The score for Die Leuchte Asiens tends to flow throughout the film using various combinations of the chamber ensemble to set the mood of scenes rather than highlighting dramatic moments. The third track (“Die Geschichte des Gautama”) highlights this well. This 11-minute cue underscores the pressure the King and Queen are under to produce an heir to the throne. With the Queen apparently unable to conceive a child, the King sends out a sacred elephant to choose an adoptive heir. The elephant is unsuccessful but, in the meantime, the Queen gives birth to an heir but dies during childbirth. Oser’s music is very moody and an increase in pace with strings and woodwinds when the elephant moves through the streets looking for an heir is the only obvious musical concession to the on-screen drama. This “broad brush stroke” approach to the music is heard throughout. Shrill flutes and dissonant/stabbing strings are heard when the King has a bad dream (“Jagderfahrung”), sustained strings and woodwinds add suspense to a scene where Prince Gautama is challenged by rivals for the hand of his intended wife (“Zweifel”), quick-tempo string ostinato figures (e.g., “Sorgen” and “Die Entscheidung”) signal various characters’ travels on various forms of transport, mournful strings play during scenes during Gautama’s anguish at leaving his wife, Gopa, on the road to enlightemnent (e.g., “Einsamer Wanderer”, the list goes on.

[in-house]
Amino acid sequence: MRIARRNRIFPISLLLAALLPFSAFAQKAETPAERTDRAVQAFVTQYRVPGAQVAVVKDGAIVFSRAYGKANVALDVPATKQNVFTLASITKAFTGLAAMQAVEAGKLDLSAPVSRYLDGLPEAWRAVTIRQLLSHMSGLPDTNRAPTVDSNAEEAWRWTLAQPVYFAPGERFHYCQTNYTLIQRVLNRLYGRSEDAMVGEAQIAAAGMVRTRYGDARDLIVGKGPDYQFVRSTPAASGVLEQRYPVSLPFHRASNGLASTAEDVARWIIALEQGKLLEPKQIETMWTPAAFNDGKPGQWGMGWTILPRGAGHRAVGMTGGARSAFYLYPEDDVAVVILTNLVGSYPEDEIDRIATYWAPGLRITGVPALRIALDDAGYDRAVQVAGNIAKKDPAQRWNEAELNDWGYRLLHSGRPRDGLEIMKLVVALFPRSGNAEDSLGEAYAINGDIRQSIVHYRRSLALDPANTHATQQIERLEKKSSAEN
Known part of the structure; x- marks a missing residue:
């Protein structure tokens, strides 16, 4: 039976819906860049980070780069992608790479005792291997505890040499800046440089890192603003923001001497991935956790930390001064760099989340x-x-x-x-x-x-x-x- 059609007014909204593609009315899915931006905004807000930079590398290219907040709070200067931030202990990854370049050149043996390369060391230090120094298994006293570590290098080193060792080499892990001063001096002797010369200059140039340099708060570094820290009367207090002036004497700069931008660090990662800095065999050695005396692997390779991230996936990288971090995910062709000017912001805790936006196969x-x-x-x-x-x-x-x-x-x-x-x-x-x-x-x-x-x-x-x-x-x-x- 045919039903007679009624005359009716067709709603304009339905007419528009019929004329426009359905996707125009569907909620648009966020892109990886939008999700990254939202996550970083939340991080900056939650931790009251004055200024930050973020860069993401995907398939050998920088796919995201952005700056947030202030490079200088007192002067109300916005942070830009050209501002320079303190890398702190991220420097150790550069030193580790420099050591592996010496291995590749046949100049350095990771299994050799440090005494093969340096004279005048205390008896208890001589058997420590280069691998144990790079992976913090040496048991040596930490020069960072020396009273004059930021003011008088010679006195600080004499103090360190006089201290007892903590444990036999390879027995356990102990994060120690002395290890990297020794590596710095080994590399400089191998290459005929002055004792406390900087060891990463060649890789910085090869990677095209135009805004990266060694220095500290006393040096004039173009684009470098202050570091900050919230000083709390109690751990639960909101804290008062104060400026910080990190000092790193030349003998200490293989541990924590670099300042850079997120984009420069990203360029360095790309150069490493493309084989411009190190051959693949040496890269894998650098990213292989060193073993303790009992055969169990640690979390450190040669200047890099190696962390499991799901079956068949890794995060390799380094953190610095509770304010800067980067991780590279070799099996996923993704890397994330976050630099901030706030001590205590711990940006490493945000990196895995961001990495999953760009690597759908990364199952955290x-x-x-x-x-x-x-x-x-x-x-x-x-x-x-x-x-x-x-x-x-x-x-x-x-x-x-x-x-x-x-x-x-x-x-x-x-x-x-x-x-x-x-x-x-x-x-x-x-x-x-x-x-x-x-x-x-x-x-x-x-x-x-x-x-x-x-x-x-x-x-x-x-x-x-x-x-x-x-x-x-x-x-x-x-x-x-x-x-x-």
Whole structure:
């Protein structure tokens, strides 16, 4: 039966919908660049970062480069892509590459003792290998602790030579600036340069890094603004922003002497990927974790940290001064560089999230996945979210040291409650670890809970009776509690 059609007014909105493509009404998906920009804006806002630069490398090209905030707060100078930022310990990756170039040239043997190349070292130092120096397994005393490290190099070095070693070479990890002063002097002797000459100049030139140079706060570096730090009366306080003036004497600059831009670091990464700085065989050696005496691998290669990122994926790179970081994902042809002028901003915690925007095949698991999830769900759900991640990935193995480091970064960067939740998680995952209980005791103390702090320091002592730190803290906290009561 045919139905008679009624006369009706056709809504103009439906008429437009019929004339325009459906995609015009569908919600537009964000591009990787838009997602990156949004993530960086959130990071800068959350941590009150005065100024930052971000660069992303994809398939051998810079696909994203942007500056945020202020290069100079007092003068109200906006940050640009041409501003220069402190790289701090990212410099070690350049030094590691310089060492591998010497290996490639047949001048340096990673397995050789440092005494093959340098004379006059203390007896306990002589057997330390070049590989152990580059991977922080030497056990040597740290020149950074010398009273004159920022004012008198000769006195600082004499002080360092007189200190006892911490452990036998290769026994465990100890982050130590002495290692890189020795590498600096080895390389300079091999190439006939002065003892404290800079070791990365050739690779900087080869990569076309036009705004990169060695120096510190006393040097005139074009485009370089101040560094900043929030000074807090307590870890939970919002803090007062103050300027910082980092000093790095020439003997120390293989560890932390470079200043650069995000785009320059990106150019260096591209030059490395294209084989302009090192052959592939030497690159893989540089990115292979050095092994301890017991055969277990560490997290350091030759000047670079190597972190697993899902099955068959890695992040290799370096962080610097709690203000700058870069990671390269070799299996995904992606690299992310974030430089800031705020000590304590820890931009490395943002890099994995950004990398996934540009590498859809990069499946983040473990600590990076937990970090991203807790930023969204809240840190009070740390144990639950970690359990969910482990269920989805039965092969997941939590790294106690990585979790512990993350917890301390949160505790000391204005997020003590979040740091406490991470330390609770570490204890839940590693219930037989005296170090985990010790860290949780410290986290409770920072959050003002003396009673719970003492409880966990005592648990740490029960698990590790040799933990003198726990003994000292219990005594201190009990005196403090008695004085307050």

But, the film does contain thematic music and the best example of this is heard for the central relationship between Prince Gautama and his love, Gopa. Heard to great effect on woodwinds during their wedding ceremony (“Alter und Tod”), it has the quality of a fanfare but the statement is not too grand. It reappears at several key moments throughout the score: when Gautama is leaving Gopa the theme acts as a reminder to him of the love they have (“Gopas Suche”) and when the couple are eventually reunited at the end of the film (“Gopa Die Jüngerin”). There is also a recurring theme/motif (in the form of an unusual woodwind and low strings rhythmic motif) that is heard in tracks such as “Auf Der Suche Nach Dem Nachfolger” and “Zweifel” that appears to be associated with Gautama’s main rival.